I received my CFA Level 3 curriculum the other day and I have just finished reading my first Study Session entitled, “Behavioral Finance”. Behavioral Finance is Study Session 3 in the Level 3 curriculum. I skipped over Study Sessions 1 & 2 (Ethical and Professional Standards) for two reasons:
- I have already been subjected to heavy doses of Ethics between CFA Levels 1 & 2 and two classes with Creighton University, and I wanted to read something new.
- My Portfolio Management class at Creighton University is starting soon and I wanted to get a jump on the class reading which I anticipate will be voluminous.
Unfortunately for me, reason #2 did not work out so well as the class syllabus, which was just made available, indicates that we will start with Study Session 4. Shucks.
Fortunately for me, reason #1 was all I needed. The material was indeed new and I think I learned more about myself than about the material I need to pass the CFA Level 3 Exam. The main point with behavioral finance is that everyone has biases (cognitive and emotional) to some degree, and accounting for these biases can lead to better outcomes than just selecting the tangency portfolio along the efficient frontier and treating people like robots. Because of these biases people may not behave as rationally as finance theory suggests they should, myself included.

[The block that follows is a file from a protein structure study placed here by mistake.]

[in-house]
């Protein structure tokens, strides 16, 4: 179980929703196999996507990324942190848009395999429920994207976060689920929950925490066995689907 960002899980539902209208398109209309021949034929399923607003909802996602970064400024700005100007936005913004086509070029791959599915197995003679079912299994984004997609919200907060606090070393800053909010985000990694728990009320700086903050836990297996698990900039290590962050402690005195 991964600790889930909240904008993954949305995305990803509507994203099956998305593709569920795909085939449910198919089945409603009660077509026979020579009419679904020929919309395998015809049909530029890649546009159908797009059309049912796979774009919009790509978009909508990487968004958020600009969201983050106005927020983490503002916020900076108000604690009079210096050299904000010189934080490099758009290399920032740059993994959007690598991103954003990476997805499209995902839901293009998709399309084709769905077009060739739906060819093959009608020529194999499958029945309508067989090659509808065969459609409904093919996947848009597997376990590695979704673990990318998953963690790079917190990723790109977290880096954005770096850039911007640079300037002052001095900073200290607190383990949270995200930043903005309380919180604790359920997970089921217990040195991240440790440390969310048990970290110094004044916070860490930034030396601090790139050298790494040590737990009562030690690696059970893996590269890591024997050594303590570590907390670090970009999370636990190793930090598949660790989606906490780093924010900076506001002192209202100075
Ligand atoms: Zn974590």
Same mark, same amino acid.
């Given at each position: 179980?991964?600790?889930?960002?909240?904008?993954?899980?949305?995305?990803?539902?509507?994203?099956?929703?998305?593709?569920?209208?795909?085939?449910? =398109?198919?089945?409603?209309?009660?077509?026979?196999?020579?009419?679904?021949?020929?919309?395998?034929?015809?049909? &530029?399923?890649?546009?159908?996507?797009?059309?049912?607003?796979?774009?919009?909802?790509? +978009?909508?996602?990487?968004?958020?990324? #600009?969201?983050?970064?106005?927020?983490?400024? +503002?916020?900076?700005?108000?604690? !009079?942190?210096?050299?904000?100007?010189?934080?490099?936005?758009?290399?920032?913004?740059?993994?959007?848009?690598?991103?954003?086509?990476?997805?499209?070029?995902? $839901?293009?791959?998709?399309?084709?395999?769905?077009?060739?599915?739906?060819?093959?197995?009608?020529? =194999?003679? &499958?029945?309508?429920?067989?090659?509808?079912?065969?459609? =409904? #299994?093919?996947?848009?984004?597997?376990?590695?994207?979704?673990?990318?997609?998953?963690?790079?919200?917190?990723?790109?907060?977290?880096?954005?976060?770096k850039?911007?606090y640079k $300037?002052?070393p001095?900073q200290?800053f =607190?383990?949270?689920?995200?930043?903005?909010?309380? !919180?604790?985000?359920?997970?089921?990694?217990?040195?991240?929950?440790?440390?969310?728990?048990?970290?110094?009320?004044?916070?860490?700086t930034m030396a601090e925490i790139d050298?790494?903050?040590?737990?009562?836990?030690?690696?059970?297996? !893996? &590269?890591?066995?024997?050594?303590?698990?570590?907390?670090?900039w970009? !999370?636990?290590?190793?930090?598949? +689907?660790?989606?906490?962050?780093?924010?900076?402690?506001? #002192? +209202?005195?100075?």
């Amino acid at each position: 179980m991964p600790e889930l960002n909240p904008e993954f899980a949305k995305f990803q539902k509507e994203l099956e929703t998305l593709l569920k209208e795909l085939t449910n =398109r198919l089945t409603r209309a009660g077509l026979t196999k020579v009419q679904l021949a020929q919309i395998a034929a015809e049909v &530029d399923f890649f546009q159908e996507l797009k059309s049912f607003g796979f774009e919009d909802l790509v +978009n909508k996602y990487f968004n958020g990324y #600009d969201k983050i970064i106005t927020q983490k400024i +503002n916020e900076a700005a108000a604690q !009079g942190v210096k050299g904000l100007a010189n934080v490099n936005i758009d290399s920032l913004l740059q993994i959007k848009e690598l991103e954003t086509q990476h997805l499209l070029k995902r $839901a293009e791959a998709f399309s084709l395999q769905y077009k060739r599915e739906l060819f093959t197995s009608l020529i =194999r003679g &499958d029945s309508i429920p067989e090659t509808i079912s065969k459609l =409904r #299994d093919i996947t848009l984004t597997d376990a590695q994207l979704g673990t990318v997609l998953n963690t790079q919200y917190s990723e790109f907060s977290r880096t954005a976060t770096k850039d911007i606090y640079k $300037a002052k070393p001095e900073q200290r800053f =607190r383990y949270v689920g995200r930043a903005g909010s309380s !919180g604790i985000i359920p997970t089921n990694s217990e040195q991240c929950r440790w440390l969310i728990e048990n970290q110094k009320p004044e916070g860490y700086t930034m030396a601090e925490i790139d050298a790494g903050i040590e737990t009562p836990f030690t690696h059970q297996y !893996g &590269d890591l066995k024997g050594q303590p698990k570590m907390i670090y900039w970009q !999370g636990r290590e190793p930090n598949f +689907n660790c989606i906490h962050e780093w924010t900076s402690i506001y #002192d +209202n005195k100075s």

One of the points in the readings talked about how poorly financial analysts are at forecasting earnings. There is a nice graph in the curriculum which shows how analysts’ earnings forecasts trail reported earnings almost perfectly. It turns out that they are much better at telling you what happened instead of what will happen. Financial analysts have biases too (surprise!), and they are reluctant to adapt to changes as quickly as they should. As an aspiring financial analyst, this is troubling.
So what is an aspiring financial analyst to do?
I am hoping a solid understanding of probability and statistics and a liberal application of Bayes’ Theorem will make me a better analyst in the future. One thing that the CFA program has continuously done for me is to instill a desire to become more proficient with quantitative analysis. I enjoy the concrete certainty of mathematics. Additionally, and not any less important, it is critical to know and understand my own emotional and cognitive biases. Awareness that these biases exist and identifying how they effect my analysis can diminish their impact and improve accuracy. All is not lost.
Everyone has flaws, and anyone who thinks otherwise about themselves is likely delusional. How we adapt to or moderate these biases is what separates the wheat from the chaff.